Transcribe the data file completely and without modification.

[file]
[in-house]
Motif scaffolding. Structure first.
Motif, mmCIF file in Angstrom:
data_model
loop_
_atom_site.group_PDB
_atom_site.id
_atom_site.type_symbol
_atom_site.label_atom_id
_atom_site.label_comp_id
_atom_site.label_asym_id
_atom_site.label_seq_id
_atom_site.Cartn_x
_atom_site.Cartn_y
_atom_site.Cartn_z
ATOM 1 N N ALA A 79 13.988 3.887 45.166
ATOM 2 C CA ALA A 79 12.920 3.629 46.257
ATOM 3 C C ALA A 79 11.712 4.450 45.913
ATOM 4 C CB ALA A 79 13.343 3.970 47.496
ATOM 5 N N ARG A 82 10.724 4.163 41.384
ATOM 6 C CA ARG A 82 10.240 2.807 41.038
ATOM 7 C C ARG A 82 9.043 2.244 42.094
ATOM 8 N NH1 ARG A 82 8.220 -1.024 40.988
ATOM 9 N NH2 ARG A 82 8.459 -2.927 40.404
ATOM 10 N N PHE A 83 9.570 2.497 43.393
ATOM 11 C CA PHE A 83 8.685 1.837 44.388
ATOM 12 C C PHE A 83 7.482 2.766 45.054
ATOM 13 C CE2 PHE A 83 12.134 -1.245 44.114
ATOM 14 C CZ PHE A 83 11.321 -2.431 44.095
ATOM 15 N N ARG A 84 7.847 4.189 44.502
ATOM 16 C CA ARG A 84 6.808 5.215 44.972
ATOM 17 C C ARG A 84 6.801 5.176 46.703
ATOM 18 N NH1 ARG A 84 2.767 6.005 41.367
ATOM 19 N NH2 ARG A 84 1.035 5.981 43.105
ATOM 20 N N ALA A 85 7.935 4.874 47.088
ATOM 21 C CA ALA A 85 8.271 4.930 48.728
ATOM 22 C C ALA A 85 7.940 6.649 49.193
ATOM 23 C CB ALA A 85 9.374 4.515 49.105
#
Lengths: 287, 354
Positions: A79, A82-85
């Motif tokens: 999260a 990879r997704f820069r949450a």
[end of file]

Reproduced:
[in-house]
Motif scaffolding. Structure first.
Motif, mmCIF file in Angstrom:
data_model
loop_
_atom_site.group_PDB
_atom_site.id
_atom_site.type_symbol
_atom_site.label_atom_id
_atom_site.label_comp_id
_atom_site.label_asym_id
_atom_site.label_seq_id
_atom_site.Cartn_x
_atom_site.Cartn_y
_atom_site.Cartn_z
ATOM 1 N N ALA A 79 13.988 3.887 45.166
ATOM 2 C CA ALA A 79 12.920 3.629 46.257
ATOM 3 C C ALA A 79 11.712 4.450 45.913
ATOM 4 C CB ALA A 79 13.343 3.970 47.496
ATOM 5 N N ARG A 82 10.724 4.163 41.384
ATOM 6 C CA ARG A 82 10.240 2.807 41.038
ATOM 7 C C ARG A 82 9.043 2.244 42.094
ATOM 8 N NH1 ARG A 82 8.220 -1.024 40.988
ATOM 9 N NH2 ARG A 82 8.459 -2.927 40.404
ATOM 10 N N PHE A 83 9.570 2.497 43.393
ATOM 11 C CA PHE A 83 8.685 1.837 44.388
ATOM 12 C C PHE A 83 7.482 2.766 45.054
ATOM 13 C CE2 PHE A 83 12.134 -1.245 44.114
ATOM 14 C CZ PHE A 83 11.321 -2.431 44.095
ATOM 15 N N ARG A 84 7.847 4.189 44.502
ATOM 16 C CA ARG A 84 6.808 5.215 44.972
ATOM 17 C C ARG A 84 6.801 5.176 46.703
ATOM 18 N NH1 ARG A 84 2.767 6.005 41.367
ATOM 19 N NH2 ARG A 84 1.035 5.981 43.105
ATOM 20 N N ALA A 85 7.935 4.874 47.088
ATOM 21 C CA ALA A 85 8.271 4.930 48.728
ATOM 22 C C ALA A 85 7.940 6.649 49.193
ATOM 23 C CB ALA A 85 9.374 4.515 49.105
#
Lengths: 287, 354
Positions: A79, A82-85
């Motif tokens: 999260a 990879r997704f820069r949450a």